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JakilaTheHun (99.93)

The Fear Bubble in Oil

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March 02, 2011 – Comments (4) | RELATED TICKERS: USO , SU , OIL

Oil price predictions are getting outlandish again.  A Martin Hutchinson article today talks about how a Middle East meltdown could mean oil prices over $300/barrel.  Are you f@#$ing kidding me?!!

The "Fear Bubble", as I like to call it, might eventually drive oil up to $120/barrel; or even $150/barrel, but the idea that it would drive it up to $300/barrel is extremely far-fetched for several reasons:

(1) A massive amount of untapped deposits in North America (and across the world) would become extremely profitable over $130/barrel.  

(2) Given both the US's heavy dependence on oil and China's increasing dependence on oil, Hutchinson is dramatically underestimating demand destruction.  It's more likely that a rise to $160/barrel would push us back into recession, therefore, causing oil prices to fall again. 

(3) In some odd event that $160+/barrel oil didn't push us into recession, it would nevertheless become more economically efficient to restructure our economy away from oil.  At prices over $200/barrel, we wouldn't even need government subsidies!  The free market would try anything and everything to replace oil!  This means that our overall dependence on oil would be reduced.  While it might not happen over night, it would happen much more quickly than some might believe. 

(4) Hutchinson uses an overly simplistic model that does not factor in how the price elasticity of demand would shift towards a much more elastic demand at higher price levels.  Oil is only inelastic at the current levels because the substitutes are more expensive and because our infrastructure is currently designed under this assumption.  Destroy this paradigm and oil suddenly looks much easier to substitute for.

 

Overall, I think Hutchinson and others are ignoring the economic context here.  It's not as if there aren't numerous options to diversify our economy away from oil.  It's merely that there's been little economic incentive to do so, given low oil prices.  If oil prices skyrocket, suddenly, the incentives dramatically increase.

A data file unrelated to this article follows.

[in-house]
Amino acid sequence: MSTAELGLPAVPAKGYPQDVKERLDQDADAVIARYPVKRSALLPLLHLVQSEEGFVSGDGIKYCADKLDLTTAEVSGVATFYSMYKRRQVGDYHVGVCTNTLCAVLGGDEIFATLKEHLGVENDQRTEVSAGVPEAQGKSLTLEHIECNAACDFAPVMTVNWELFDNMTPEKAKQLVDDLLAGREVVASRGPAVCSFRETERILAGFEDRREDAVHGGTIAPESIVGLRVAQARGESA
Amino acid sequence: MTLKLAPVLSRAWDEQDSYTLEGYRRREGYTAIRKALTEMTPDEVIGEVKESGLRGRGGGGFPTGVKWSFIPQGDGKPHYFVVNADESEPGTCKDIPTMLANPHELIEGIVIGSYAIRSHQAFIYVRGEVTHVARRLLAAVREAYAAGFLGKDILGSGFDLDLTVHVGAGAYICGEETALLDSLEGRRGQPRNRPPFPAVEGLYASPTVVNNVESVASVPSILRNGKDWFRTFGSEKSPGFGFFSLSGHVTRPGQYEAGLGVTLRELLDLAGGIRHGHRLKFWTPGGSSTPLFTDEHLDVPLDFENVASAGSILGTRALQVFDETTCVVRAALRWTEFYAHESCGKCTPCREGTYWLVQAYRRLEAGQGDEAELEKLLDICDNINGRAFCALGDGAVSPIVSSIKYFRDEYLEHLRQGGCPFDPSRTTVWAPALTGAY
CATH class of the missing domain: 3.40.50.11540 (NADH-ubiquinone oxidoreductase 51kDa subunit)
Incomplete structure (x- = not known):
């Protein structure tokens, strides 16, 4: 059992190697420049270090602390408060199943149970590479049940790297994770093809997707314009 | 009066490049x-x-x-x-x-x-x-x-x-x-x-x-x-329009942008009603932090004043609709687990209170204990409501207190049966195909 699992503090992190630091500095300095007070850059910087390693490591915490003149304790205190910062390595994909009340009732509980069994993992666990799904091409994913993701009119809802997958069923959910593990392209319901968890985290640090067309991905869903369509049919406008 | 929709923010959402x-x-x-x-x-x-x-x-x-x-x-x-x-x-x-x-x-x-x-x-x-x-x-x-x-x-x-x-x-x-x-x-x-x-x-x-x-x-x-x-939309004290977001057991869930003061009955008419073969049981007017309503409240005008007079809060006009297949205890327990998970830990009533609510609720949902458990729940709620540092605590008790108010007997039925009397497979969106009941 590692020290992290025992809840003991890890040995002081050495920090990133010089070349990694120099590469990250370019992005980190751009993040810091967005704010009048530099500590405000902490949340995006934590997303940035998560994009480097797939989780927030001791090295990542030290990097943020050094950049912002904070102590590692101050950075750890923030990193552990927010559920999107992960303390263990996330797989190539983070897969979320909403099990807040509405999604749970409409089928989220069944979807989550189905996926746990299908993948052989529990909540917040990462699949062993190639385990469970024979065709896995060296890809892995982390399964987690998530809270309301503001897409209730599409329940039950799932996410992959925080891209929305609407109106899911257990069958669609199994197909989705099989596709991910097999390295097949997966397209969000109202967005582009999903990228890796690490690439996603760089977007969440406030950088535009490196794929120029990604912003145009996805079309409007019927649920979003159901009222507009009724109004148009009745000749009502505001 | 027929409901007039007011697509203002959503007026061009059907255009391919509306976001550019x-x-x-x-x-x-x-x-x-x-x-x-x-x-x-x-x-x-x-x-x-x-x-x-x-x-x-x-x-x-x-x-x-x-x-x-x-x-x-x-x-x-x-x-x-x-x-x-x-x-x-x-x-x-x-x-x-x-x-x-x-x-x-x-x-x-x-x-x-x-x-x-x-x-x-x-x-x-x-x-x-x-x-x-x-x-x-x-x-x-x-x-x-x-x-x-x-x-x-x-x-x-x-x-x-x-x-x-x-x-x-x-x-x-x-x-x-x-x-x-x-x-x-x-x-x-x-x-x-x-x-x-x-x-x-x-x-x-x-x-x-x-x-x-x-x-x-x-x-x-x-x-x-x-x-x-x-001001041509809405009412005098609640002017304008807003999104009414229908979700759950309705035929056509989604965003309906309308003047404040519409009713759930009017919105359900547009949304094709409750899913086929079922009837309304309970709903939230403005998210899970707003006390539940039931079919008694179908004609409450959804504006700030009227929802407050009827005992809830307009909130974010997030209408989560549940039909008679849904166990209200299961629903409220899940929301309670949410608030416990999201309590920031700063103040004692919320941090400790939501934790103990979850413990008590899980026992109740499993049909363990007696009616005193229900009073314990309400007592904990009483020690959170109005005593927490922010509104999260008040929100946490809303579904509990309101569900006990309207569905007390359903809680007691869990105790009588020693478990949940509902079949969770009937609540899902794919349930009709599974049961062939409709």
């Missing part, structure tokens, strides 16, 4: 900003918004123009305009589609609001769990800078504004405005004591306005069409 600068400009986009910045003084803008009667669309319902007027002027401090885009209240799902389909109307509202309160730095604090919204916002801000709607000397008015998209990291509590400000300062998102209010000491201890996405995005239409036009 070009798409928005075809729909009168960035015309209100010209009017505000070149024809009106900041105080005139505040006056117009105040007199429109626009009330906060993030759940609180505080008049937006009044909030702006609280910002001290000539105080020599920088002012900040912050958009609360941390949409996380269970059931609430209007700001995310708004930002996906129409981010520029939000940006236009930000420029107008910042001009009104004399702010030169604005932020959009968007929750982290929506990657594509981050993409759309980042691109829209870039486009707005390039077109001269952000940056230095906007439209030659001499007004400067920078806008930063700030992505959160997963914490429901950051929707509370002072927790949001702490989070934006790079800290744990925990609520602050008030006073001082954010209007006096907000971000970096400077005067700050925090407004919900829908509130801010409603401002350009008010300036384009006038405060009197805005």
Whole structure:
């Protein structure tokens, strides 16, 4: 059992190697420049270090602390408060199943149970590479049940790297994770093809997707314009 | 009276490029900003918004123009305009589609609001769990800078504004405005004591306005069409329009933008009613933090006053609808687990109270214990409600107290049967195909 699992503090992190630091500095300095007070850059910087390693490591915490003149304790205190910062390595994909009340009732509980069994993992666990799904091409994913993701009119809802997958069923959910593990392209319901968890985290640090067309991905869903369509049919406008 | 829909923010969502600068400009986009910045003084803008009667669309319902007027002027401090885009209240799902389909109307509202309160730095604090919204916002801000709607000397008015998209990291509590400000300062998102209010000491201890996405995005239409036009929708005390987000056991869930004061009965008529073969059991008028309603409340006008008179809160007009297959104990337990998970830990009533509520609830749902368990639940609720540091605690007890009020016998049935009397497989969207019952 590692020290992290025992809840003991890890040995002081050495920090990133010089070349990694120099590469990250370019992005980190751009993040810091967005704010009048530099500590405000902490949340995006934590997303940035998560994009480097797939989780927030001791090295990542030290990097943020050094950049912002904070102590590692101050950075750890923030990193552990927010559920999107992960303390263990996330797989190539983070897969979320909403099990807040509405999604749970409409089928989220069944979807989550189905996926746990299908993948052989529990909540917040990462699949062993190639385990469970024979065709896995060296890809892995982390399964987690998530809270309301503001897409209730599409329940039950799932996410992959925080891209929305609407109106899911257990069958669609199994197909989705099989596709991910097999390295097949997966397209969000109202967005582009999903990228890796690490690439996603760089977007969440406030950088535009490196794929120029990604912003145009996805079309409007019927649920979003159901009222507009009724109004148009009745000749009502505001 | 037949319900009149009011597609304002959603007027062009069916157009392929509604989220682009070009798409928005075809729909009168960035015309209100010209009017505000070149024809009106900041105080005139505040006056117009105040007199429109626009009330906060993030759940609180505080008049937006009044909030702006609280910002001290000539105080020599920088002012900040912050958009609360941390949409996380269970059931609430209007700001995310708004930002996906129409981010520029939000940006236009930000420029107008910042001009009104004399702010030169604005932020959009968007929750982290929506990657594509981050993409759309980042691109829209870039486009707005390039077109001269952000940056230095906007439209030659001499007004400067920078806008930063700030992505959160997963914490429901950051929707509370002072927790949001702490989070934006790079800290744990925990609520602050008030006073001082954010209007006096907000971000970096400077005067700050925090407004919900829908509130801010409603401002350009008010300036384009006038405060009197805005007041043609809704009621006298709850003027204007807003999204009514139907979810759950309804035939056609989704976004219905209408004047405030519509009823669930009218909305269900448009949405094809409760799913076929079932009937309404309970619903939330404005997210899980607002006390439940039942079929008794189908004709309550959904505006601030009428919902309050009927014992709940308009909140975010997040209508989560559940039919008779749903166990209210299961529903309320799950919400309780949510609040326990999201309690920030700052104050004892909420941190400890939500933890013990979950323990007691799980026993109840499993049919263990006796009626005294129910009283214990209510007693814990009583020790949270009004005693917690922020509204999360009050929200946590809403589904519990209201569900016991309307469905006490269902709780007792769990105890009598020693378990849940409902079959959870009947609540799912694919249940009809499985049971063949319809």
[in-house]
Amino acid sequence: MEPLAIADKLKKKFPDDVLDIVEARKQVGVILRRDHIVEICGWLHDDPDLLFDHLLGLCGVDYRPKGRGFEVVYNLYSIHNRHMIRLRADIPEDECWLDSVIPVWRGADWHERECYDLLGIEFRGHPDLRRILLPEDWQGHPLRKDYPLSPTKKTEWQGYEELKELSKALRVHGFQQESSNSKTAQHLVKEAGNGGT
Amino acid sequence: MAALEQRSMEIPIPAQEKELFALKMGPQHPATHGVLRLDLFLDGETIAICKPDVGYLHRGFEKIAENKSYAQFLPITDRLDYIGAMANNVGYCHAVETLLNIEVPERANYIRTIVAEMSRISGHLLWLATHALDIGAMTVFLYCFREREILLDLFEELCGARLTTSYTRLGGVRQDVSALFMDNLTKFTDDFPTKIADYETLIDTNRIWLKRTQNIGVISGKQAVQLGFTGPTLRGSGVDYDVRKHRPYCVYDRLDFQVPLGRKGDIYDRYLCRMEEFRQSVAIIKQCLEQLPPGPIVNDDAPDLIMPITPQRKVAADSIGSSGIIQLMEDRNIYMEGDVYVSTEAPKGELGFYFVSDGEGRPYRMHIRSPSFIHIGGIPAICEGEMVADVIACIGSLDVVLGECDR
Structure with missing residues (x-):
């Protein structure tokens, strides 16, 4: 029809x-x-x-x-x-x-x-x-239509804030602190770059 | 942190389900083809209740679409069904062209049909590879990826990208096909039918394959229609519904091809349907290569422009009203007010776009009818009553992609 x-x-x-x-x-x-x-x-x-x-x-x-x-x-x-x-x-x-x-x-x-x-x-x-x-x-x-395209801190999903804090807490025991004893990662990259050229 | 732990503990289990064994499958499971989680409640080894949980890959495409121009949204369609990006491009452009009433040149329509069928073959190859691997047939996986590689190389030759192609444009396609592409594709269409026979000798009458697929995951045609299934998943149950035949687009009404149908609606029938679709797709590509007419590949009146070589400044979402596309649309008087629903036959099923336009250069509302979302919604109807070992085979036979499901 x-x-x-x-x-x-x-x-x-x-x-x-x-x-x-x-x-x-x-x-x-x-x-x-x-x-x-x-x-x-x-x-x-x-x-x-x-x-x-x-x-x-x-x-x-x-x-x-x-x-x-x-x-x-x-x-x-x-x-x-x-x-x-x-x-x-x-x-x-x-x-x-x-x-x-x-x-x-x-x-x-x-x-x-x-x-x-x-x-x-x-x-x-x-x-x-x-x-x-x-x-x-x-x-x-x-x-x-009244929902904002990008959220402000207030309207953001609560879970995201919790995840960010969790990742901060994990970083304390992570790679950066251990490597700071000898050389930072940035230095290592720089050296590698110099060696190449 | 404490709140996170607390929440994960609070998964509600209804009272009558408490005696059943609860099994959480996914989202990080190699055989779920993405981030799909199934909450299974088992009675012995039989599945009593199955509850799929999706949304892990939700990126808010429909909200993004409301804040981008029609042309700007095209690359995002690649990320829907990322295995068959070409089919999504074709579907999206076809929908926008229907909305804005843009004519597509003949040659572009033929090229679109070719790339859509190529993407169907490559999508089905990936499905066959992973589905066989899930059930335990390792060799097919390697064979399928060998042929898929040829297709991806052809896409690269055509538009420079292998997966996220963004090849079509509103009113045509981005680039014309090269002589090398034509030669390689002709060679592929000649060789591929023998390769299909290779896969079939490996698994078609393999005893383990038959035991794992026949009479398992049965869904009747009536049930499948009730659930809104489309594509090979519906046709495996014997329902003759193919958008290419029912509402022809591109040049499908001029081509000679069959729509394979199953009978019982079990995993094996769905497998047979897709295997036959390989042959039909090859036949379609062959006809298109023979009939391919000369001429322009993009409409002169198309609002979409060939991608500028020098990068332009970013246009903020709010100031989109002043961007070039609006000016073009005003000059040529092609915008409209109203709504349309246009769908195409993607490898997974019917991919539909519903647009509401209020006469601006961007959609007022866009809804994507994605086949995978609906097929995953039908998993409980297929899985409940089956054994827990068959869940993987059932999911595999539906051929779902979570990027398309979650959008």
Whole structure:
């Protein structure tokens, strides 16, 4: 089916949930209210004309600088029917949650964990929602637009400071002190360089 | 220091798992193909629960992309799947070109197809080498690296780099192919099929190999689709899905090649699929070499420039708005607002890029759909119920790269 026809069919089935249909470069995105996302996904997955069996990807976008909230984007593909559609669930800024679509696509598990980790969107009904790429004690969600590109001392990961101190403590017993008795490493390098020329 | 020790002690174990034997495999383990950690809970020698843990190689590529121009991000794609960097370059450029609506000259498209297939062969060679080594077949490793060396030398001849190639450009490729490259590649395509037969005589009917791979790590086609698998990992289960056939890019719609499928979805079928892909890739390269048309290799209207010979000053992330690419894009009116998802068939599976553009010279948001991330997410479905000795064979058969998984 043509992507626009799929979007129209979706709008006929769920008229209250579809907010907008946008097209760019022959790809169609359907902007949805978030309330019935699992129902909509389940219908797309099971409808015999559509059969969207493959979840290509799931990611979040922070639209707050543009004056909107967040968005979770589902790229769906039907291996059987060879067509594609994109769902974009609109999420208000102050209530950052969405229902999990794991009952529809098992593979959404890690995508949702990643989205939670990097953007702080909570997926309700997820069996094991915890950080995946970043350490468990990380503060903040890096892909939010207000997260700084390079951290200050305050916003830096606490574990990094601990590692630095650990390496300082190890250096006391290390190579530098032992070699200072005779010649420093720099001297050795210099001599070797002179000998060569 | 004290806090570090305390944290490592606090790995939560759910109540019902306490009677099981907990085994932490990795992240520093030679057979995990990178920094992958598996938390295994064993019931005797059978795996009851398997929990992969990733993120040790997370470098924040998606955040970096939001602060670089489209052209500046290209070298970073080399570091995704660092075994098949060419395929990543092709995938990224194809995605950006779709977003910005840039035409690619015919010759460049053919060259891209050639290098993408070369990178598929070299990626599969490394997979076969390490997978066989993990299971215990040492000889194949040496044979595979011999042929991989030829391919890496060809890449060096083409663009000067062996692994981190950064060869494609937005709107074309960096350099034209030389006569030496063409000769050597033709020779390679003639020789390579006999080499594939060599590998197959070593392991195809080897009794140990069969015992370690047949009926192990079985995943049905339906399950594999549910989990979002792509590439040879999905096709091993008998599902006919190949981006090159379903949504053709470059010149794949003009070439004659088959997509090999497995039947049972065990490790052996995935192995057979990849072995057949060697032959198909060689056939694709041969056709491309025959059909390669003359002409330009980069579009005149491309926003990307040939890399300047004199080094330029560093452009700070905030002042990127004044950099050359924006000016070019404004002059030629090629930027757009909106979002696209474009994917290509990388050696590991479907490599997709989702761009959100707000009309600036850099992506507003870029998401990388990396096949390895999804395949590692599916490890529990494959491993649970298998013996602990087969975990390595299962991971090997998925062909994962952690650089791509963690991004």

4 Comments – Post Your Own

#1) On March 02, 2011 at 3:33 PM, Pennyperson (< 20) wrote:

Diversify our economy away from oil - Amen- if we don't - I'm might start reading Alstry's blogs and that's scary.

High gas will drive the economic recovery to a halt.

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#2) On March 02, 2011 at 4:12 PM, leohaas (31.56) wrote:

The error in the article is in the calculation based on the price elasticity for demand. It is calculated for 70% and then extrapolated for almost 3 times that. In other words: assumed to be linear. That clearly is not the case.

However, when it comes to developing alternatives (including exploring many of the untapped reserves in North America), we are talking years, perhaps even decades before they are available to offset dropped supply. So in the short term, we can expect a significant spike. I am speculating that that will happen.

Disclosure: long USO at the time of writing.

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#3) On March 02, 2011 at 5:59 PM, JakilaTheHun (99.93) wrote:

Leohaas,

I generally agree, but at $300/barrel, I'd wager to guess that you'd see very dramatic efforts to reduce oil consumption in a relatively short time frame (1-2 years).  More cities would shift to street cars, more goods would be shipped via rail, more nuclear power plants would be built, many bus operators would start shifting to natural gas, etc., etc., etc. 

You're definitely right on the general point, but I think that's more true with oil around $150/barrel or even $200/barrel --- at $300/barrel, it just makes economic sense to immediately shift away from oil. 

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#4) On March 03, 2011 at 12:13 AM, russiangambit (29.30) wrote:

> In some odd event that $160+/barrel oil didn't push us into recession, it would nevertheless become more economically efficient to restructure our economy away from oil.  At prices over $200/barrel, we wouldn't even need government subsidies!  The free market would try anything and everything to replace oil!  This means that our overall dependence on oil would be reduced. 

Well, it will definitely send US economy in tailspin short term. But long term it will probably mean I will finally be able to see the road and not just towering trucks all around driven by individuals of questionble sobriety. In Houston everybody drives a tank. Ford 150 is especilly popular followed by subarban. I noticed a lot of new shiny Ford trucks appearing last year when oil fell through the floor. It took people just about 3 months to forget how they were lining up for Pruises. 

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